In contrast, the open floor plan and the tendency for fellows to move around creates an atmosphere of ease. There is a rooftop destress space where all Andelans get to eat as a campus, meals provided for by the company to ensure that there are as little distractions to the work day as possible. Other global practices that I find replicated here, include the idea of a community town hall, championed by leaders like Sundar Pichai and Marissa Meyer, where all the developers, facilitators and staff across the career totem pole gather to listen to the company’s progress and air their opinion and observations about company practice and how it can be improved. This is one of the ways the people-oriented approach to education informs company culture at Andela.
At the end of my tour, Mohini and I find Anthonio Pinheiro (Director of Ops), Babajide Duroshola (Community Manager, Technical Talent) and Adebayo Adesanya (Technical Team Lead), all part of the hierarchy at Andela to help answer the questions the tour didn’t quite cover. They tell me about Andela’s very deliberate efforts to encourage women to take an interest in software development and adjacent disciplines, specifically its routine all female boot camps geared at bringing women into the industry. Anthonio tells me of an in-house group called ‘Ladies in Tech’ founded by the first all-women batch of cohorts to the programme to provide women-only safe spaces within the often casually sexist tech spaces in Nigeria.
Events like ‘Django Girls’ and the ‘Women in Tech’ summit and the Andelan-led tech blog ‘Tech In Pink’ have helped raise awareness about the possibilities in tech for women by providing mentorship and putting developers within the company in physical spaces with potential women cohorts.
But the company’s resolve to make its spaces women-friendly go beyond recruitment; a fully staffed, complementary crèche has allowed the mothers who joined the Fellowship with young children or had them during their time in the programme find work-life balance without either side suffering. And this approach is already yielding results. The company has also provided hostel housing for younger developers of both sexes who qualify for the Fellowship but live outside Lagos. This has already brought results. The first Andelan to be promoted to the final stage of the Fellowship was a woman and there are women thriving in every level of the fellowship, including a batch completing the Fellowship as Andela marks its fourth year and first full Fellowship cycle, later in the year.
It would help if the government was more heavily invested in ensuring that tech companies like Andela are considered in government policies, Anthonio explains to me, but for now, they are pleased to find that the government is finally beginning to take an interest from Andela’s work in the country and the much larger tech ecosystem. But no one is naïve to the fact that involvement has to be delicately managed from both sides so that the government is never left behind and the tech industry isn’t held back by its need to carry every party along. It’s a delicate balance but really, what isn’t in Africa. They are pre-empting this by forging important relationships with officials who are curious to the idea of tech but need someone to guide them through its intricacies. He references the vice-president giving a TED Talk and state government officials visiting the Andela campus to meet with fellows.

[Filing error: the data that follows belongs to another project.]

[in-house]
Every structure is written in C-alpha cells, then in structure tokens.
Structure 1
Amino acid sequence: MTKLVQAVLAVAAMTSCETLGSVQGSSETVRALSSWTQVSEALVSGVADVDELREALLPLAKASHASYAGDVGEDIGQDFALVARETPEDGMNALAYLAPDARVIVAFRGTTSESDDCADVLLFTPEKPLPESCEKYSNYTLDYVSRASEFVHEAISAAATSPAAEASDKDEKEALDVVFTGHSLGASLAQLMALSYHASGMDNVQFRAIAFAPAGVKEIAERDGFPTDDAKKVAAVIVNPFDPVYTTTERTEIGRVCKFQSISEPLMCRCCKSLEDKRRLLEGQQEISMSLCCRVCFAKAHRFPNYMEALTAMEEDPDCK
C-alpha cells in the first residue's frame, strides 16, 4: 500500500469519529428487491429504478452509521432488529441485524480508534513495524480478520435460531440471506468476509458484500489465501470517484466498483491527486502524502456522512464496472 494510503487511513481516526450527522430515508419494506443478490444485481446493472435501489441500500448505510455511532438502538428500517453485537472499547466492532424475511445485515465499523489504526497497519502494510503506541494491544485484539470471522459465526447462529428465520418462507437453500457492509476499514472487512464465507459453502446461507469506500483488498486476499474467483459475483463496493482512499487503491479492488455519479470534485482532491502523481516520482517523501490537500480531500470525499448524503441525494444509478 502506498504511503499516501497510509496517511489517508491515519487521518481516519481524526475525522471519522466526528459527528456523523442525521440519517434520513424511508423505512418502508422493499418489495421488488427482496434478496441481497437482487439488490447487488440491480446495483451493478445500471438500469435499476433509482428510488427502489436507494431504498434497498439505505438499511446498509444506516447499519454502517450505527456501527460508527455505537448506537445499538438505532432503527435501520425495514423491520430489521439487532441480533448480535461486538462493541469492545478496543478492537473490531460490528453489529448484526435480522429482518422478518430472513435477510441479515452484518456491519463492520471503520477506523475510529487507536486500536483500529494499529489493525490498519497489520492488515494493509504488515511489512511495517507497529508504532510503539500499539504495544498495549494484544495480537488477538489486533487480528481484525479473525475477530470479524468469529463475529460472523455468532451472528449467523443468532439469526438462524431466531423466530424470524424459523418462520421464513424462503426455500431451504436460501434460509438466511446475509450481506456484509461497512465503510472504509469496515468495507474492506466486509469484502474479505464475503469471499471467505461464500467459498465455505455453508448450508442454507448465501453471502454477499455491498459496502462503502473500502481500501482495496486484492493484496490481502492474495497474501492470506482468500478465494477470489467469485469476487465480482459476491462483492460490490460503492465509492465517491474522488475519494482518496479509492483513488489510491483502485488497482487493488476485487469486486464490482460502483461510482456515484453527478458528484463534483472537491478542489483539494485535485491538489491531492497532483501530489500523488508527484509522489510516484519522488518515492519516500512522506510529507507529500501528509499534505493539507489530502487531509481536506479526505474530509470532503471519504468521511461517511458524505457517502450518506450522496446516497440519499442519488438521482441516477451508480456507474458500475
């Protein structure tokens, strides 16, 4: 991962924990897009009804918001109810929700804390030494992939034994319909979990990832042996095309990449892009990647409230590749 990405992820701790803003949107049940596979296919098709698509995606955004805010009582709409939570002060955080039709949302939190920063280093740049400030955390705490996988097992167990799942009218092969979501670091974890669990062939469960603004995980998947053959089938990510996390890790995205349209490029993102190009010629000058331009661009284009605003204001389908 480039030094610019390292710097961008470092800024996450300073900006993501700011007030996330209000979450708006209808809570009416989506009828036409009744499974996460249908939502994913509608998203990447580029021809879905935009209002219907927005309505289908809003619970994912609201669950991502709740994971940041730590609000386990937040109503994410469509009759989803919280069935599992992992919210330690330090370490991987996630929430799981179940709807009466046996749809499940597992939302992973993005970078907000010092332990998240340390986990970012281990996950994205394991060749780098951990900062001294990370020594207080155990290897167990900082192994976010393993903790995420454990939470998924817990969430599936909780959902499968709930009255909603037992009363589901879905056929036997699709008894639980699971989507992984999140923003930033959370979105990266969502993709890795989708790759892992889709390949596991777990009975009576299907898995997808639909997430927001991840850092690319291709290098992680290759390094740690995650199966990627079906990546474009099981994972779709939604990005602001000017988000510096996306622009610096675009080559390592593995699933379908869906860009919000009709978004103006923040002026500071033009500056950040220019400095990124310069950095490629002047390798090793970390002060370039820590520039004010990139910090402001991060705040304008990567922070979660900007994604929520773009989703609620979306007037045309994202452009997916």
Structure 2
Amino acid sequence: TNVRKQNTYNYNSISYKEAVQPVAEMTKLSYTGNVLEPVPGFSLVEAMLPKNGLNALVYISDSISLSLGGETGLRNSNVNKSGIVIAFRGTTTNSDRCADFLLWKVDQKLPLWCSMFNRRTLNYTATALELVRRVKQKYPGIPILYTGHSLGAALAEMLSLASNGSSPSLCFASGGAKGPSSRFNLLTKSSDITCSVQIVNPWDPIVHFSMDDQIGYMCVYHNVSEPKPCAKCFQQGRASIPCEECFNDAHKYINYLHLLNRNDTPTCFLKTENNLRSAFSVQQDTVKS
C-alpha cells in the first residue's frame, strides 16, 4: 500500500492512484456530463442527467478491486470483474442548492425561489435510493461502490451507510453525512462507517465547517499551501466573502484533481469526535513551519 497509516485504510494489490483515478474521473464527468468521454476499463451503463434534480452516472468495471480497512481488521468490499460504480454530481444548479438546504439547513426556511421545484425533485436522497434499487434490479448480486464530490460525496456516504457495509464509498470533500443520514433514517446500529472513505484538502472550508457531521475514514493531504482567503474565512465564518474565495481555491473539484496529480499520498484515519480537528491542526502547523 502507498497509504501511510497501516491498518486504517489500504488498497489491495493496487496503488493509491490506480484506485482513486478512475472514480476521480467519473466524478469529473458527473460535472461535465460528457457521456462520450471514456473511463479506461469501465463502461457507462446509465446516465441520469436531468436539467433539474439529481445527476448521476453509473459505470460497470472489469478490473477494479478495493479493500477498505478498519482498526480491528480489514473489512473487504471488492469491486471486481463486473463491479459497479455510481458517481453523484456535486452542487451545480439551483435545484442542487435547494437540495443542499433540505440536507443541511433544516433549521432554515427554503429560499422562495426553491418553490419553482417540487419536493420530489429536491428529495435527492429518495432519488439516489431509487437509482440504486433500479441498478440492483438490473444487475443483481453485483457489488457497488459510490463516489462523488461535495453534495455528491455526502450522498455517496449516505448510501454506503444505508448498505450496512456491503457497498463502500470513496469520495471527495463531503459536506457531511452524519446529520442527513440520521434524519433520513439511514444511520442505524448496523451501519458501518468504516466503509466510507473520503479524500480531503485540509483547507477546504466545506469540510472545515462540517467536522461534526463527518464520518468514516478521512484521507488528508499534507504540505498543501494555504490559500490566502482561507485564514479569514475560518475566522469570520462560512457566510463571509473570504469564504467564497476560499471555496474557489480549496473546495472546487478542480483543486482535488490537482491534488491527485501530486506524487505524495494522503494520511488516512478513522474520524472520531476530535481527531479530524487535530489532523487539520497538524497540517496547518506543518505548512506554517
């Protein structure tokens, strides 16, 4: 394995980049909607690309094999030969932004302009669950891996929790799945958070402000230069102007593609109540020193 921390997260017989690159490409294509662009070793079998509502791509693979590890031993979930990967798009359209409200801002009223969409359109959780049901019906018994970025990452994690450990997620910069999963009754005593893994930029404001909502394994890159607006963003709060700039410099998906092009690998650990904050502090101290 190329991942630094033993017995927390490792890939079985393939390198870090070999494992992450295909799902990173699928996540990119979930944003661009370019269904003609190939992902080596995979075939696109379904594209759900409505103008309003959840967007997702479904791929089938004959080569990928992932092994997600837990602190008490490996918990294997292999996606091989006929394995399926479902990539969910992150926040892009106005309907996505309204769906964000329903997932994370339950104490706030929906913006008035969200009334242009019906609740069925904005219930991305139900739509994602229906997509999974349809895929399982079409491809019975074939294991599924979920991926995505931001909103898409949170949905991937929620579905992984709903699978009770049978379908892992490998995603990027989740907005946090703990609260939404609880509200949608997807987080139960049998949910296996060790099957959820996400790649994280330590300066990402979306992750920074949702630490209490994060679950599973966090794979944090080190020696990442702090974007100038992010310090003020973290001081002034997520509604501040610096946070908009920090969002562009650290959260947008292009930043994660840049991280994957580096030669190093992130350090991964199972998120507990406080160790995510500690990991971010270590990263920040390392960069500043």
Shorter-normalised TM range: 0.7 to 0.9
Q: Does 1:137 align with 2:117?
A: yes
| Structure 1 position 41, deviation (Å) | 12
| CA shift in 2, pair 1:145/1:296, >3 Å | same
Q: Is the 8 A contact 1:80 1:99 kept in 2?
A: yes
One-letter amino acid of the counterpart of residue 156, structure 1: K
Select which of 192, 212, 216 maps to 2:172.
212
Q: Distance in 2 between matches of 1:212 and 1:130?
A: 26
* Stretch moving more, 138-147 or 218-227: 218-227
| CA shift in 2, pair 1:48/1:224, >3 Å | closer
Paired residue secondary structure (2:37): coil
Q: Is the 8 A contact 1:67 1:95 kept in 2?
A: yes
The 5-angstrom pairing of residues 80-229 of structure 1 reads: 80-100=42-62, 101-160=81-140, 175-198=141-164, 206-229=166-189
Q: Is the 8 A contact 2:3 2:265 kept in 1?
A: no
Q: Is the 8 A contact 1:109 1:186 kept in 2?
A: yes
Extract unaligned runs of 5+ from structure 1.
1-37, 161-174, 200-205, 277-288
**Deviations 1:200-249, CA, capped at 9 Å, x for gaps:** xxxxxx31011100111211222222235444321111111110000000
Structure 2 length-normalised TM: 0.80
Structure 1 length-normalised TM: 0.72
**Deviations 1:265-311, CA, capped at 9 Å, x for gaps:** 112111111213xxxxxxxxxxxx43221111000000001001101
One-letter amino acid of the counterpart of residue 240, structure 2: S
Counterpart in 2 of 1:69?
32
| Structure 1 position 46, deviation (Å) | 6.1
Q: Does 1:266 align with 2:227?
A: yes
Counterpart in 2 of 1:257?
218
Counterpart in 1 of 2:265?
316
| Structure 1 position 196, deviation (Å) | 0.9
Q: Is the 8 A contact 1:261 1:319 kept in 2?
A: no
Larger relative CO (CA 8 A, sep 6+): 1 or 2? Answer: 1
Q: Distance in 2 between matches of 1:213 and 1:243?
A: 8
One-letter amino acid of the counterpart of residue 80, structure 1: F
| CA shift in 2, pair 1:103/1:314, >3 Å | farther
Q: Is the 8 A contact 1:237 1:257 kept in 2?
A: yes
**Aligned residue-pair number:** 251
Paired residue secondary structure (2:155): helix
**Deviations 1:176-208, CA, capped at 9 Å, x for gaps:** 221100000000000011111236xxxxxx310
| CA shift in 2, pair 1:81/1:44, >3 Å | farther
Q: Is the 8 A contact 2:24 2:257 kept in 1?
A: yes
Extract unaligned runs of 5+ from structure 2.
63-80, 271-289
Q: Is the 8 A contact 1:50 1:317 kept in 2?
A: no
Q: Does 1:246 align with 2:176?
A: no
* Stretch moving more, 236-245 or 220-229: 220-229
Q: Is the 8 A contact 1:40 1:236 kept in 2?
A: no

The company’s clients, known on campus as ‘partners’, come to the table fully invested. Andela has managed to attract some of the savviest businesses in the world and the continent looking for exciting talent to invest in, and the Andela model and its potential for scale and sustainability suggests a value for money that very few other talent churns can promise. It is a challenge to convince them to invest in and stay with it given the reputation the country and its youth have internationally. Having their major sales and marketing and partner experience teams in New York helps a lot, as does having respected leaders in the industry with a history of consistency on the company’s board. So much so, when co-founder Iyin Aboyeji left in 2016 to start fintech solutions company Flutterwave, it barely made a dent on the company’s image. Investments from shrewd Venture Capital funds and that ubiquitous investment from the Chan Zuckerberg Initiative has helped bolster the company’s international profile. Between the rounds of funding and the profitable partnerships, Andela has been able to successfully expand across Africa and democratise learning to support the growth of the Nigerian tech ecosystem through other initiatives like the Andela Learning Community with Google. It navigates the hurdle of funding the education of its fellows and expanding into off-campus learning opportunities for the much wider developer community growing around its ecosystem.
As Andela readies to send its first cohort, now world-class developers, into the world, observers will look back at its progress so far, and see just how much it has achieved in breaking stereotypes about people-oriented businesses with an emphasis on social engineering. It is some way from its goal of 100,000 software developers by the mid-2020s but its course is clear and its champions are up for the challenge.
Special thanks to Sola Obagbemi, communications manager at Andela Nigeria, who was a great help in facilitating our tour and providing necessary information to make this profile as factual as possible.
Edwin Okolo is an author and journalist who has worked with YNaija, TheNativemag and the Naked Convos.